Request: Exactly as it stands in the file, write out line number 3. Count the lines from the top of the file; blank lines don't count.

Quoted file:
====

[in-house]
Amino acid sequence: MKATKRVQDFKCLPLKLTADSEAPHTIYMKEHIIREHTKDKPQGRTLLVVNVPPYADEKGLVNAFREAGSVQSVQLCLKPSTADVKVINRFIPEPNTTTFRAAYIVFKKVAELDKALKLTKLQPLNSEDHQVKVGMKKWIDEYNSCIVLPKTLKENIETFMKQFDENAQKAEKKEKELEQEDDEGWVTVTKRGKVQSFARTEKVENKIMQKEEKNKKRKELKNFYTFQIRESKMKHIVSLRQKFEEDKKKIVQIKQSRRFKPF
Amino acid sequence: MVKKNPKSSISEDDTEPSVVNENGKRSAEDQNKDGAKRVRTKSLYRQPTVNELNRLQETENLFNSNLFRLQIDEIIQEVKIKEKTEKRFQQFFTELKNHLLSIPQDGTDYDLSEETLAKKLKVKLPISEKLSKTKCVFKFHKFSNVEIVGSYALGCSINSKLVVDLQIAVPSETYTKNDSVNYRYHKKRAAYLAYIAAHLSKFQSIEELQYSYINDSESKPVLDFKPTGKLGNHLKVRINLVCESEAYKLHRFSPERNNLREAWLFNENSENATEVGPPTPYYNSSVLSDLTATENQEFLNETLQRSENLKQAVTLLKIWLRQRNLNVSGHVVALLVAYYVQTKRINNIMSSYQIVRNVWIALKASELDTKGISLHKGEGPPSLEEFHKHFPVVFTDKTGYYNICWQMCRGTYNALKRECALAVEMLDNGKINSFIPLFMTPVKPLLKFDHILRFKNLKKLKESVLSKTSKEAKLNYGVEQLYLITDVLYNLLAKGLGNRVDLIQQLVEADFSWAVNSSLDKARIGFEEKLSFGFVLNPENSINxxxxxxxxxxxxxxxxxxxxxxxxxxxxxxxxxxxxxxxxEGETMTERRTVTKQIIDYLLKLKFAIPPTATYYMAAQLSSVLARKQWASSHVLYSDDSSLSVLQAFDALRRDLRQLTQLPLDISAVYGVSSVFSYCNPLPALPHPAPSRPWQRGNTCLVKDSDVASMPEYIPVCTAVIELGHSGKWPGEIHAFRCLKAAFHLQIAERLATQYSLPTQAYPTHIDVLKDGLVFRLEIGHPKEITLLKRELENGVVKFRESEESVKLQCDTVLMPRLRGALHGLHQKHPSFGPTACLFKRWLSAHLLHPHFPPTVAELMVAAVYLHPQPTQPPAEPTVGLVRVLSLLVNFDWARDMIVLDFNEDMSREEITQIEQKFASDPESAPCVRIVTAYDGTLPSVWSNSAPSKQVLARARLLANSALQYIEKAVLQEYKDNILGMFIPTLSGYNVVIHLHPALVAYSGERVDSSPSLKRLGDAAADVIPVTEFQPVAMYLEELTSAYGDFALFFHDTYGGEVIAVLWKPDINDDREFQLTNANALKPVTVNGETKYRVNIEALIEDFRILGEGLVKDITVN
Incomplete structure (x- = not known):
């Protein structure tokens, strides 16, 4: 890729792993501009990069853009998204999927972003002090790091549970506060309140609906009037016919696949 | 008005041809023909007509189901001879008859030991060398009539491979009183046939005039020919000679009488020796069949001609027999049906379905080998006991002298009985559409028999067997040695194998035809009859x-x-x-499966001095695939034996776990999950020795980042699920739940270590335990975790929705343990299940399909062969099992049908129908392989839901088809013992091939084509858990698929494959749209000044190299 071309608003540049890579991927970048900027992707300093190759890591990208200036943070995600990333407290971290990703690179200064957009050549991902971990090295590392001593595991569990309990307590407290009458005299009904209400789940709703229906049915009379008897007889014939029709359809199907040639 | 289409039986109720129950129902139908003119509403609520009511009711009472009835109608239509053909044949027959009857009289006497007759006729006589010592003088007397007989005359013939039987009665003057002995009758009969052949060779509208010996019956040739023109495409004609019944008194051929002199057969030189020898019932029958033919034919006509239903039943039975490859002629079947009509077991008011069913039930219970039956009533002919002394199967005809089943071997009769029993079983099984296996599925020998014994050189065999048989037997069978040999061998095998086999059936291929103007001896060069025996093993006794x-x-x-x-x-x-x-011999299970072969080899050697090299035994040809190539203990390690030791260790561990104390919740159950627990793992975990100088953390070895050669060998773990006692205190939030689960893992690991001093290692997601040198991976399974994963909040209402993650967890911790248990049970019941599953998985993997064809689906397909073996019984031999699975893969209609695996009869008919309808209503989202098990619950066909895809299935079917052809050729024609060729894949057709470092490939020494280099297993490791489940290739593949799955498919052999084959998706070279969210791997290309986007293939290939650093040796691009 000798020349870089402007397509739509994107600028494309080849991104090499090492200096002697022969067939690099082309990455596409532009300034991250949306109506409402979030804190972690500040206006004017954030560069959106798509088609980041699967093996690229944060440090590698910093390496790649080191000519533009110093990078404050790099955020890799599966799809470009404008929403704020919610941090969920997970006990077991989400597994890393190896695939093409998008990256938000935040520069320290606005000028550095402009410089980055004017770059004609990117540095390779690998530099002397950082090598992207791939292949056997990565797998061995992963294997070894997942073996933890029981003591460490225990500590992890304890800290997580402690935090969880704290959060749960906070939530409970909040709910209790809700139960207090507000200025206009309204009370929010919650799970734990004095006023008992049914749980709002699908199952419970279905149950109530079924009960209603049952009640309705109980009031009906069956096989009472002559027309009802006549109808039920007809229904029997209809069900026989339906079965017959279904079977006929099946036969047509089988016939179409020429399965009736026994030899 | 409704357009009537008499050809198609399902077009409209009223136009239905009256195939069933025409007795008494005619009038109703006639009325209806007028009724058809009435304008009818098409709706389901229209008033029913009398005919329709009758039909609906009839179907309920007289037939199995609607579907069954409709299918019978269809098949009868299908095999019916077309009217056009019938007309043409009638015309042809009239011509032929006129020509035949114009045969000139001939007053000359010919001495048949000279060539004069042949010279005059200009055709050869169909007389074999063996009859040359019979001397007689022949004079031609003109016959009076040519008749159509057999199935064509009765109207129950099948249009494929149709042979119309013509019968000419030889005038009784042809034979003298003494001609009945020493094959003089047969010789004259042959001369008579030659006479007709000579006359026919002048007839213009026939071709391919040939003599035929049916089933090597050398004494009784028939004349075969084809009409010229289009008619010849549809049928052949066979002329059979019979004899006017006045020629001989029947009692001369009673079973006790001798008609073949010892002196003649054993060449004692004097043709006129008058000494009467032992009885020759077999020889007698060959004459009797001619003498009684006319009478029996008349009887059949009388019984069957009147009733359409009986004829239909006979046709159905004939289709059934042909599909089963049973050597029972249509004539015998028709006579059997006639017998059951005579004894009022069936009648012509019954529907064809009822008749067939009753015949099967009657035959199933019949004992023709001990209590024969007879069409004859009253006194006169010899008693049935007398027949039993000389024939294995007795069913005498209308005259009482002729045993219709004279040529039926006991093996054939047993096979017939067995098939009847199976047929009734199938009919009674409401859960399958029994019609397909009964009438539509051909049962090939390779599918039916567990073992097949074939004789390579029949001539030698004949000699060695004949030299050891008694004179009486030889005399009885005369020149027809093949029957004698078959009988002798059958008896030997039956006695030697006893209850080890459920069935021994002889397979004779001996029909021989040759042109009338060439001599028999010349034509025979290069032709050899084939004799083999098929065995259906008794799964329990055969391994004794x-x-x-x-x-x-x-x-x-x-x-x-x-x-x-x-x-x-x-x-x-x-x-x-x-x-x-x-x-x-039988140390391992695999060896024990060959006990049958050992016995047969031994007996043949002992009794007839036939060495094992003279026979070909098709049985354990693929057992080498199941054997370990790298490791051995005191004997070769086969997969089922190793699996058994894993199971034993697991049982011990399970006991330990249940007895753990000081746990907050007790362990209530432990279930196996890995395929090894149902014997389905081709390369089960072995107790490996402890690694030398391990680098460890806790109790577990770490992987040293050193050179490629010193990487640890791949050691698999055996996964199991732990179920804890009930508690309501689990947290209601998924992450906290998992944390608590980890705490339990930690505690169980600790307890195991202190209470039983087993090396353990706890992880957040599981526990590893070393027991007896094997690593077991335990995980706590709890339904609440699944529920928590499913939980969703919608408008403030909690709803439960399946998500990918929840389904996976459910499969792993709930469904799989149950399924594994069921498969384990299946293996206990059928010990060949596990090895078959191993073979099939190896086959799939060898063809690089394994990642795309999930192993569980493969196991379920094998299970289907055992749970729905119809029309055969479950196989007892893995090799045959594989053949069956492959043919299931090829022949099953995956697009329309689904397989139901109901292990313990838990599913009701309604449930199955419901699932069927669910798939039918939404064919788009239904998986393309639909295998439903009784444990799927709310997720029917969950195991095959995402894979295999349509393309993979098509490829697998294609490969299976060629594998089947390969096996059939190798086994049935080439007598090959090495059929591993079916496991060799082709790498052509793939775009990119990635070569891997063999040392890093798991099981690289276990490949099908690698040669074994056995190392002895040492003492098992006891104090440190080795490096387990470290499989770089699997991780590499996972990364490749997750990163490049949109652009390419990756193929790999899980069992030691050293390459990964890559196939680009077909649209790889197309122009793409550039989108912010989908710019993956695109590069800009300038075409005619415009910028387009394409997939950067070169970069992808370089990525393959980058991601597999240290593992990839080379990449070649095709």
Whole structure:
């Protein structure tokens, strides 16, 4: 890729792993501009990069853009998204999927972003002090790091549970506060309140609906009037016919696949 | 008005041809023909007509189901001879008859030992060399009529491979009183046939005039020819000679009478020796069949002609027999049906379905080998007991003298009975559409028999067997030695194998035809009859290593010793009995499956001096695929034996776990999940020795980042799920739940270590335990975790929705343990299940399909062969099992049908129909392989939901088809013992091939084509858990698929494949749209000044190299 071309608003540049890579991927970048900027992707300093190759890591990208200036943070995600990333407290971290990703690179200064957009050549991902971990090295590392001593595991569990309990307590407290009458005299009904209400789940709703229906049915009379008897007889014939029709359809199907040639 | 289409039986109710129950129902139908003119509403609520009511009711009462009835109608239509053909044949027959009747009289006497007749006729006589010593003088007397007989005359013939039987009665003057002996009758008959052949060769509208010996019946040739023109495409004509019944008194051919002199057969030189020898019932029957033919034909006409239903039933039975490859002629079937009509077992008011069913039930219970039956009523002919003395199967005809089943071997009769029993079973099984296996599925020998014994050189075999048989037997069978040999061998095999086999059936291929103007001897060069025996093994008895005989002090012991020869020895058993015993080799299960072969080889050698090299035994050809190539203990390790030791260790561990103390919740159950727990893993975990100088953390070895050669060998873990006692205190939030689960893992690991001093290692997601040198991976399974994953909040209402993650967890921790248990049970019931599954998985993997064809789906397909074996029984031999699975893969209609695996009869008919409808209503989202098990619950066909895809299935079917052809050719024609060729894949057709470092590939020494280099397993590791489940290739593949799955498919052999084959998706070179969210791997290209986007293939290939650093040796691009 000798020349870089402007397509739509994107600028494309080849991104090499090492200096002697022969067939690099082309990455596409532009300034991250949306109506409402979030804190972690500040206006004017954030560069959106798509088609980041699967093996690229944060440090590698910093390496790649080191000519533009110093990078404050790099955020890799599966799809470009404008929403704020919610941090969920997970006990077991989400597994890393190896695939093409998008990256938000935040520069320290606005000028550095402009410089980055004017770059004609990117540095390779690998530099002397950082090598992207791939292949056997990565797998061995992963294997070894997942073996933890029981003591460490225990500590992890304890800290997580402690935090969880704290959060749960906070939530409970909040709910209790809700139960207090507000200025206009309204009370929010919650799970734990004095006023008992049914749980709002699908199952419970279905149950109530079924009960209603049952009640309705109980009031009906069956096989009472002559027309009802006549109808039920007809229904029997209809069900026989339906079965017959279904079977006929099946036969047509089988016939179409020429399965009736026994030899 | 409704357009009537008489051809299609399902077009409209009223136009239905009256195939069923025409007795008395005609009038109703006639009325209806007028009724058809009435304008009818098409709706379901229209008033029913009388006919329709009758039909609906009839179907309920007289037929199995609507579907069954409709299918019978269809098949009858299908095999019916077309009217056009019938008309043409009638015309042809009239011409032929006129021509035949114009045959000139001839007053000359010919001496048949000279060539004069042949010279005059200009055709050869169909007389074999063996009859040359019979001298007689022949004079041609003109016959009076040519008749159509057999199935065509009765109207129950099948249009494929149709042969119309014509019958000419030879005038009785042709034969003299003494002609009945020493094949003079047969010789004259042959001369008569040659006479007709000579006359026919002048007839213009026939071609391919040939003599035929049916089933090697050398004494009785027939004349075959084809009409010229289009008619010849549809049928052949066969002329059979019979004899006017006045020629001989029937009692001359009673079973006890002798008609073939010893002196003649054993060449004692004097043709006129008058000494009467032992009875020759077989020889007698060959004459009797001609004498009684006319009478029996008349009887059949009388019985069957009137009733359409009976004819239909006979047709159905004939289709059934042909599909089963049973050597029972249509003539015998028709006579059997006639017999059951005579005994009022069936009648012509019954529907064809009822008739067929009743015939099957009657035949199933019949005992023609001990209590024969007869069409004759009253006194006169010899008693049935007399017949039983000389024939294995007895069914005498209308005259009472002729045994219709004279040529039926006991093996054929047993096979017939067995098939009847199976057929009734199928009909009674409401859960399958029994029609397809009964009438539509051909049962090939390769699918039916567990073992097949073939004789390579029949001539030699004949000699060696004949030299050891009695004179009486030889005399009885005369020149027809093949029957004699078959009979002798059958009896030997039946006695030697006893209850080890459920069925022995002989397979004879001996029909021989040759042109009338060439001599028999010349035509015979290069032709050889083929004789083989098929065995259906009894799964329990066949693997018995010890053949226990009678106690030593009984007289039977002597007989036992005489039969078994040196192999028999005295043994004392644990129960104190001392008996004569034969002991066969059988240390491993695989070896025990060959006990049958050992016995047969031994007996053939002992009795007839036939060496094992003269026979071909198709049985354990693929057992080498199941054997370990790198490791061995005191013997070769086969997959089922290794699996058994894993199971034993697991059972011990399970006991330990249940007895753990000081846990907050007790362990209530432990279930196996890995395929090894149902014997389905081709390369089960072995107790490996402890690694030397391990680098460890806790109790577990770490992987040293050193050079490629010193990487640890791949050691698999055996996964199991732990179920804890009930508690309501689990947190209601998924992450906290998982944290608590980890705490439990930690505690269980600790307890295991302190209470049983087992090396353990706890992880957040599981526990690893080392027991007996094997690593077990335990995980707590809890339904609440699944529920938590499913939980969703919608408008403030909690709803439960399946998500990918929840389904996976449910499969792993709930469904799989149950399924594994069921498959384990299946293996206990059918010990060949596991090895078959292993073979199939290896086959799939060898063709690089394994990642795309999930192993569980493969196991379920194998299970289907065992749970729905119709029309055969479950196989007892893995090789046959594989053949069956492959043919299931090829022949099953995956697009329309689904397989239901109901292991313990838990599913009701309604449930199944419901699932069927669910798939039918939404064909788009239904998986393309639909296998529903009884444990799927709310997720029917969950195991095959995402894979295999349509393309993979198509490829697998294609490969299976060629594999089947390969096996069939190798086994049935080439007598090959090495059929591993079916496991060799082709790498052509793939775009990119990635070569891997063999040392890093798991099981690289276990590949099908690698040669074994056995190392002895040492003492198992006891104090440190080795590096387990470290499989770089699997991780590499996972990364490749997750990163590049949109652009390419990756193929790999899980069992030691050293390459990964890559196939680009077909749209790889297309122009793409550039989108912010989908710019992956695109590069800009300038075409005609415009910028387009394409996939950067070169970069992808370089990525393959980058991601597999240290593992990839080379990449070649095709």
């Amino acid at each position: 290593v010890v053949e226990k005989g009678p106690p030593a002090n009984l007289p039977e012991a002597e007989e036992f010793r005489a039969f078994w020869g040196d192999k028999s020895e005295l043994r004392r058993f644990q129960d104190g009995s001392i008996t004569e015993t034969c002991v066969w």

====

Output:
Amino acid sequence: MVKKNPKSSISEDDTEPSVVNENGKRSAEDQNKDGAKRVRTKSLYRQPTVNELNRLQETENLFNSNLFRLQIDEIIQEVKIKEKTEKRFQQFFTELKNHLLSIPQDGTDYDLSEETLAKKLKVKLPISEKLSKTKCVFKFHKFSNVEIVGSYALGCSINSKLVVDLQIAVPSETYTKNDSVNYRYHKKRAAYLAYIAAHLSKFQSIEELQYSYINDSESKPVLDFKPTGKLGNHLKVRINLVCESEAYKLHRFSPERNNLREAWLFNENSENATEVGPPTPYYNSSVLSDLTATENQEFLNETLQRSENLKQAVTLLKIWLRQRNLNVSGHVVALLVAYYVQTKRINNIMSSYQIVRNVWIALKASELDTKGISLHKGEGPPSLEEFHKHFPVVFTDKTGYYNICWQMCRGTYNALKRECALAVEMLDNGKINSFIPLFMTPVKPLLKFDHILRFKNLKKLKESVLSKTSKEAKLNYGVEQLYLITDVLYNLLAKGLGNRVDLIQQLVEADFSWAVNSSLDKARIGFEEKLSFGFVLNPENSINxxxxxxxxxxxxxxxxxxxxxxxxxxxxxxxxxxxxxxxxEGETMTERRTVTKQIIDYLLKLKFAIPPTATYYMAAQLSSVLARKQWASSHVLYSDDSSLSVLQAFDALRRDLRQLTQLPLDISAVYGVSSVFSYCNPLPALPHPAPSRPWQRGNTCLVKDSDVASMPEYIPVCTAVIELGHSGKWPGEIHAFRCLKAAFHLQIAERLATQYSLPTQAYPTHIDVLKDGLVFRLEIGHPKEITLLKRELENGVVKFRESEESVKLQCDTVLMPRLRGALHGLHQKHPSFGPTACLFKRWLSAHLLHPHFPPTVAELMVAAVYLHPQPTQPPAEPTVGLVRVLSLLVNFDWARDMIVLDFNEDMSREEITQIEQKFASDPESAPCVRIVTAYDGTLPSVWSNSAPSKQVLARARLLANSALQYIEKAVLQEYKDNILGMFIPTLSGYNVVIHLHPALVAYSGERVDSSPSLKRLGDAAADVIPVTEFQPVAMYLEELTSAYGDFALFFHDTYGGEVIAVLWKPDINDDREFQLTNANALKPVTVNGETKYRVNIEALIEDFRILGEGLVKDITVN